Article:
Evolutionary approaches to sex differences in physical aggression weigh the potential benefits of aggression against the likely costs to inclusive fitness, with some authors focusing on the damage physical injury would do to female inclusive fitness, and others on the extent to which success in physical competition may particularly enhance male fitness.
This study tested a hypothesis derived from these approaches: that parents would be less physically aggressive than non-parents because of the damage any physical injury would do to their inclusive fitness. Analysis was carried out using the United States federal sentencing records for 1994-1999 (22,344 individuals).
The proportion of theft convictions which were violent (robbery; vs. larceny) was significantly greater for men than women (odds ratio 7.7). As predicted, non-parents were significantly more likely to be violent than parents (odds ratio 1.6). Parenthood had a similar effect on relative rates of violence in men and women, although the baseline was considerably higher for men. There was also a significant effect in men of marital status, which interacted with parental status such that parenthood was only associated with a reduction in rates of violence in males recorded as partnered.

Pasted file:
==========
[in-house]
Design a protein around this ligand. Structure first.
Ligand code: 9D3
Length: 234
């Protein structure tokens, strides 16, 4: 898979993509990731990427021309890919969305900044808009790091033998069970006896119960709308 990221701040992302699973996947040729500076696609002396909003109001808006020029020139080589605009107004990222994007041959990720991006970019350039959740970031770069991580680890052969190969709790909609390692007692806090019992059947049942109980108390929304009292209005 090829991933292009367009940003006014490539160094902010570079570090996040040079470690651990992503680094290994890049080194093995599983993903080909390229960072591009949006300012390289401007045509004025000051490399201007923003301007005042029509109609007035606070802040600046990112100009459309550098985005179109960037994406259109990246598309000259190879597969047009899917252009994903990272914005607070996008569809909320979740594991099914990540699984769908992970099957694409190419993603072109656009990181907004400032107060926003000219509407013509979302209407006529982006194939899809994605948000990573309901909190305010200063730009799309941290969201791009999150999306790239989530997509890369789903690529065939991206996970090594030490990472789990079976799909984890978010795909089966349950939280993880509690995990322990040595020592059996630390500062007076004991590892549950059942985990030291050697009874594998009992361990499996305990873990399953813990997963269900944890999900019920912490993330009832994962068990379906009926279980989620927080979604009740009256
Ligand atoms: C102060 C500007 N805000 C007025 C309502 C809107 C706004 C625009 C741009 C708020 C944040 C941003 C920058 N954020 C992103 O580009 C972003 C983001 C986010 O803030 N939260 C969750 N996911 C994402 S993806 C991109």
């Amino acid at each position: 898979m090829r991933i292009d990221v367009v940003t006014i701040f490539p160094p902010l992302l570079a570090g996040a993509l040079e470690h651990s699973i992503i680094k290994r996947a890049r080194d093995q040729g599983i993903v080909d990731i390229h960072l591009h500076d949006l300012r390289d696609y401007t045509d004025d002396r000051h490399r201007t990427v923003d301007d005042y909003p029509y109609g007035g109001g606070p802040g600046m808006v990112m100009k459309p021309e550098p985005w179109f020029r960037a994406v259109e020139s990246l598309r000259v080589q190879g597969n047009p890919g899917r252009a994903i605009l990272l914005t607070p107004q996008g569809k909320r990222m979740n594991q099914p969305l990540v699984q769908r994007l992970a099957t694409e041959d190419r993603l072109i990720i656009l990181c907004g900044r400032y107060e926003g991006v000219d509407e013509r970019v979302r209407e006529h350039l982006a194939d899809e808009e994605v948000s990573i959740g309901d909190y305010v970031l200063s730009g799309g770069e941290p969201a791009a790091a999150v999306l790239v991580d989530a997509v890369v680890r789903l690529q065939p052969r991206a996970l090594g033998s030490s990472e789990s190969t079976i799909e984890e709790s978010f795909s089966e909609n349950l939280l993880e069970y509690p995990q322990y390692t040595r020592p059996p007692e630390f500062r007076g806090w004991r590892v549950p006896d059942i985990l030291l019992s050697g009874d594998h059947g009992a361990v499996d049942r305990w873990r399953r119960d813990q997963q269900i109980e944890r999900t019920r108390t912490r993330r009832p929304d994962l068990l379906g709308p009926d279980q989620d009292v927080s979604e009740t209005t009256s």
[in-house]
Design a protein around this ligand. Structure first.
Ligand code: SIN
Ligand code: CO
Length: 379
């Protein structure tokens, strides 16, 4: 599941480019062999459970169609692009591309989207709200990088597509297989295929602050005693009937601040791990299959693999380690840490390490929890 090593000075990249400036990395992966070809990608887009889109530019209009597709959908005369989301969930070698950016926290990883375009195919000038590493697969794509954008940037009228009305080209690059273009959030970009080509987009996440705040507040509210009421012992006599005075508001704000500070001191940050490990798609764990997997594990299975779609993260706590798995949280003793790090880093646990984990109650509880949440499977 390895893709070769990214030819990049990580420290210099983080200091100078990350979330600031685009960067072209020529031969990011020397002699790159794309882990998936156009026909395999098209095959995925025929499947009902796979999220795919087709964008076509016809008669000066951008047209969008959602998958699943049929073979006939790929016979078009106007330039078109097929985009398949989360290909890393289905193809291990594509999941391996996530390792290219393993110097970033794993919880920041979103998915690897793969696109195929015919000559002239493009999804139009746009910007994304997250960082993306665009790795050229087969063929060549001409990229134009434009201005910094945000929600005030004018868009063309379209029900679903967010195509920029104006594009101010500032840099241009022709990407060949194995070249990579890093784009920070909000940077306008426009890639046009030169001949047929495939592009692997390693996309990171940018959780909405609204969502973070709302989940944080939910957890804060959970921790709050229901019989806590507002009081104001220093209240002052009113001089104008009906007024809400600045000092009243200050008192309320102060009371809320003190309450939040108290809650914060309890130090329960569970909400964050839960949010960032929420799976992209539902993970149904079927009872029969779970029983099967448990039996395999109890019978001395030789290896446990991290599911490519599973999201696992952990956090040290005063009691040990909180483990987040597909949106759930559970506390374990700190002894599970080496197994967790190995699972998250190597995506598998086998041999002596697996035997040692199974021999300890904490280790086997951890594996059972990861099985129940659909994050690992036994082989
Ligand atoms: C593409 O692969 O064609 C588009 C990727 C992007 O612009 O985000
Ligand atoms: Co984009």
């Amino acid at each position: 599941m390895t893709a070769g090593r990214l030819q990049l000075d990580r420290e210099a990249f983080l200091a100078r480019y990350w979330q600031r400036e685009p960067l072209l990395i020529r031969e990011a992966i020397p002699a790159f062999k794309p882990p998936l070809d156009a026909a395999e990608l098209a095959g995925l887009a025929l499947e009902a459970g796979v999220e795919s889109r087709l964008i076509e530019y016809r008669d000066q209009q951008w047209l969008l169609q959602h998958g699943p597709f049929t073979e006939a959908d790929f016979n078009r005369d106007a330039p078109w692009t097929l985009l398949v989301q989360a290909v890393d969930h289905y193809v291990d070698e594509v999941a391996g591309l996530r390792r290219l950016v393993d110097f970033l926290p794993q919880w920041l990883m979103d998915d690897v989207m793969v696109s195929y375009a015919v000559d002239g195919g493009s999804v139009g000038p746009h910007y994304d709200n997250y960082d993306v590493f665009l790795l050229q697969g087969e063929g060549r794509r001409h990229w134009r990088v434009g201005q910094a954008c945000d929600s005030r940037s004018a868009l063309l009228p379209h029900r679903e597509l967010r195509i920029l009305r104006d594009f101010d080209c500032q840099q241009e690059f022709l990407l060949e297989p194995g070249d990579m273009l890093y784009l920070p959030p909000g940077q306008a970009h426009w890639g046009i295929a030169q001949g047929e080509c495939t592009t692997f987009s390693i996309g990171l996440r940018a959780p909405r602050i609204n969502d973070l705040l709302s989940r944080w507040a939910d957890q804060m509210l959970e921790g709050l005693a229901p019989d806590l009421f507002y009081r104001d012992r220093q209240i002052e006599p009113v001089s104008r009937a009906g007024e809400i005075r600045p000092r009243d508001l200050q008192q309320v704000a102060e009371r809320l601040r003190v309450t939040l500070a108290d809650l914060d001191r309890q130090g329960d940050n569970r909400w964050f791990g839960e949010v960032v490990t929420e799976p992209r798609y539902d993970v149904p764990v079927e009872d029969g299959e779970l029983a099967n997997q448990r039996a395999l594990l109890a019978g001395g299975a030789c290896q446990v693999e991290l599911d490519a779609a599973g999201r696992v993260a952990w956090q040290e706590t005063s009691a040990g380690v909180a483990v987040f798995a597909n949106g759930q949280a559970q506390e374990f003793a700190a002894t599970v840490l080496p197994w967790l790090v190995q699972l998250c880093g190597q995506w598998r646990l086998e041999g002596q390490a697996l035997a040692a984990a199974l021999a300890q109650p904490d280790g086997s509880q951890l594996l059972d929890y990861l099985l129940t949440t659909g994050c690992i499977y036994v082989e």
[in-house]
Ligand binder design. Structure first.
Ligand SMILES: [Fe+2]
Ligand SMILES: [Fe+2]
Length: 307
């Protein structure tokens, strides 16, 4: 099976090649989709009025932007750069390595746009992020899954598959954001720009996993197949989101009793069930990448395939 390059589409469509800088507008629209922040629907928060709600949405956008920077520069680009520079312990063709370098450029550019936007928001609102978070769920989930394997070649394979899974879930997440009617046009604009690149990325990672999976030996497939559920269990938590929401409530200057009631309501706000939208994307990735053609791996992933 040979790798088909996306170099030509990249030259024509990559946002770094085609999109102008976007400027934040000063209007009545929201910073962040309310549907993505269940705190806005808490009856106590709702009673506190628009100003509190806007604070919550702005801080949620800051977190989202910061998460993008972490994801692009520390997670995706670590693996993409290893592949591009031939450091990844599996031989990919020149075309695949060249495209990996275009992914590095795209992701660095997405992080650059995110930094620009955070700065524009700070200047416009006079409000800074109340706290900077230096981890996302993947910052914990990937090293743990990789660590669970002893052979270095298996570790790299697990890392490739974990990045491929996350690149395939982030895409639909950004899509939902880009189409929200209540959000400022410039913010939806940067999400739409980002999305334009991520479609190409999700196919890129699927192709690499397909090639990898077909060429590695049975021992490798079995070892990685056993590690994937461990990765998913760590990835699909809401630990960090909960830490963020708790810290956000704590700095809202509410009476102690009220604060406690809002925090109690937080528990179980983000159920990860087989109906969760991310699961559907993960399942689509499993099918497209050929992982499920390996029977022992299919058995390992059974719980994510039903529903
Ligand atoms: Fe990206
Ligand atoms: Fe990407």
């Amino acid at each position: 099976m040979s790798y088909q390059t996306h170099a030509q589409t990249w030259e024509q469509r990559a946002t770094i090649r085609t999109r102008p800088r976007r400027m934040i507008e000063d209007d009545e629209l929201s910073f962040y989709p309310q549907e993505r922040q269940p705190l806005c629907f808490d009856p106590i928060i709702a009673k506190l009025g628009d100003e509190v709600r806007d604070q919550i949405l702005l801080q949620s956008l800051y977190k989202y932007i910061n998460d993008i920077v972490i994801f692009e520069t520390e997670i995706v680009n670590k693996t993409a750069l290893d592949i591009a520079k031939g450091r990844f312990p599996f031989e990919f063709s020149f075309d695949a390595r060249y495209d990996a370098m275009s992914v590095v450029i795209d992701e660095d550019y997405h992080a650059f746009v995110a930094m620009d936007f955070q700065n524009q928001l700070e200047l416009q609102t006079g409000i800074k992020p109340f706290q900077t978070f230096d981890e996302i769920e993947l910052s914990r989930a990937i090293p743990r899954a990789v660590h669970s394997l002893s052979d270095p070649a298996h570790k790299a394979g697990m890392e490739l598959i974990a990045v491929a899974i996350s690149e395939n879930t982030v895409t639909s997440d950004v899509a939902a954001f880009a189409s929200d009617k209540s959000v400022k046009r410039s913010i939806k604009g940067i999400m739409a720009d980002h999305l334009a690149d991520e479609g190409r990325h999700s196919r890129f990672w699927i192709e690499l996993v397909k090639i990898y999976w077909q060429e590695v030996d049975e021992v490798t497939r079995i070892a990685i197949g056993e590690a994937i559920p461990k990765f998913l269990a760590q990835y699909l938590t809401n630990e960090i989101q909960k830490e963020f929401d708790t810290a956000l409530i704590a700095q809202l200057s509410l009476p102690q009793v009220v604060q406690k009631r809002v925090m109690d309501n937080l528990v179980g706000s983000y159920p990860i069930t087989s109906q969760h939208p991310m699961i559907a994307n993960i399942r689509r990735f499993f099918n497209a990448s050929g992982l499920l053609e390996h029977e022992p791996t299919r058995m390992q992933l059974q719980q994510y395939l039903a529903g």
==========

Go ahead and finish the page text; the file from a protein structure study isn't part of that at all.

The results are interpreted in terms of both evolutionary theory and recent work on the hormonal impacts of marriage and parenthood.
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- 1Department of Psychology, Durham University, Durham, United Kingdom.
- 2The School of Psychology and Neuroscience, University of St Andrews, St Andrews, Fife, United Kingdom.
- Aggress Behav. 2016 Mar 22. doi: 10.1002/ab.21652.
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